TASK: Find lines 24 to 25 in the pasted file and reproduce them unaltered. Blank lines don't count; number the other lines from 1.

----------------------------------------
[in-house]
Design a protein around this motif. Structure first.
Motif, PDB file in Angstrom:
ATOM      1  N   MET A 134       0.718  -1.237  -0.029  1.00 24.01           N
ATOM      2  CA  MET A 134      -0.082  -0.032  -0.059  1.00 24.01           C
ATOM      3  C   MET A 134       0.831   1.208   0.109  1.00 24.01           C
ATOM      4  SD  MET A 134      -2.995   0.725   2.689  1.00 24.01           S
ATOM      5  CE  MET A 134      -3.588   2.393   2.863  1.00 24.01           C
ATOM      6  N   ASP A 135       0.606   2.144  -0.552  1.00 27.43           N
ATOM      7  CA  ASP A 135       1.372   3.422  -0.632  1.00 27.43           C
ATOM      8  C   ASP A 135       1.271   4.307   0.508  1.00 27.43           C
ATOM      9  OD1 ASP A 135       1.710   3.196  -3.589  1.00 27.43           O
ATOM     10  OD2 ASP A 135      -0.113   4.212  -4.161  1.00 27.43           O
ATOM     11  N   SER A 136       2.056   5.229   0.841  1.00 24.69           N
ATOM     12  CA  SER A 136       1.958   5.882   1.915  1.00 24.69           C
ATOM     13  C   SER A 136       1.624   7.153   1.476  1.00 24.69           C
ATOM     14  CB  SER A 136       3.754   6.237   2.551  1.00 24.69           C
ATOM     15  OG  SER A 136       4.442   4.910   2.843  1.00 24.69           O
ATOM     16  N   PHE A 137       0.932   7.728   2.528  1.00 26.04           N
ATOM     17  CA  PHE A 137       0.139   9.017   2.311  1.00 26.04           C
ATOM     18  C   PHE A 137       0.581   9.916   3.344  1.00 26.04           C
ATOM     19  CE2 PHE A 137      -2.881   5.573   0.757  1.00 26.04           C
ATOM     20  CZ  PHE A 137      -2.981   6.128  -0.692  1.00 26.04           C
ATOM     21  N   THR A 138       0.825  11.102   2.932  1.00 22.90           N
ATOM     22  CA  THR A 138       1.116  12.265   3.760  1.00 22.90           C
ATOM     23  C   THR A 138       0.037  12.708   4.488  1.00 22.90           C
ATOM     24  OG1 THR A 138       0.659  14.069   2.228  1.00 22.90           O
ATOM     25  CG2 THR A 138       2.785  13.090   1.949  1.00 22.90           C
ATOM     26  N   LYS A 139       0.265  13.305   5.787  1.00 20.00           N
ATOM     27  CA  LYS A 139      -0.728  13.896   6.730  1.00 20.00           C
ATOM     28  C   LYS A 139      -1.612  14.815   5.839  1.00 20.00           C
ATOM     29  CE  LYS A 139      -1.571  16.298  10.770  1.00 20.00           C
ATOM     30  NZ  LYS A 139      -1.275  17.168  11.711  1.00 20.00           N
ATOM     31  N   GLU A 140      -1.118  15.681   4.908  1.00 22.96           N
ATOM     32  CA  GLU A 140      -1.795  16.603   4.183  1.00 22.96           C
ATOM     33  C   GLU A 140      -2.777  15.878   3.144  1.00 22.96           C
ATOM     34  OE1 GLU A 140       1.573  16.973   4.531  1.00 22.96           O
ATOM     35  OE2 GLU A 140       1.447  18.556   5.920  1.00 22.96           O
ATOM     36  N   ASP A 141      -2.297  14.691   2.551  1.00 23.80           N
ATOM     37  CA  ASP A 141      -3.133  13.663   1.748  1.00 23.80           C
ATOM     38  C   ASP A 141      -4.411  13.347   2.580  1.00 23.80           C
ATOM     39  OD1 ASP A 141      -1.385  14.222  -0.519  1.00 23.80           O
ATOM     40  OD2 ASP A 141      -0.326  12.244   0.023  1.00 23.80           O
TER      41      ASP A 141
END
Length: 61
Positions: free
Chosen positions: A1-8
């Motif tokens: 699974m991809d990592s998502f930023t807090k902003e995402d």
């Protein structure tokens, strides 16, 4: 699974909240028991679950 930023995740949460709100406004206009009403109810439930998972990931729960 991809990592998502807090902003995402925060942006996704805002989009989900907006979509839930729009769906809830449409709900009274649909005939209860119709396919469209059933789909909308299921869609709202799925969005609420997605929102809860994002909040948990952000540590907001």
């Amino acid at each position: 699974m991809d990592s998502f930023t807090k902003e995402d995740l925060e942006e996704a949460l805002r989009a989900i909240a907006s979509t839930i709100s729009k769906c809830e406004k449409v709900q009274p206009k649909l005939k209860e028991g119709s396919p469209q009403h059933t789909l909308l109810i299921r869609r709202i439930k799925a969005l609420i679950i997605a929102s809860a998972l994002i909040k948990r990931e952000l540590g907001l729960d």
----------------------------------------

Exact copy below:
ATOM     21  N   THR A 138       0.825  11.102   2.932  1.00 22.90           N
ATOM     22  CA  THR A 138       1.116  12.265   3.760  1.00 22.90           C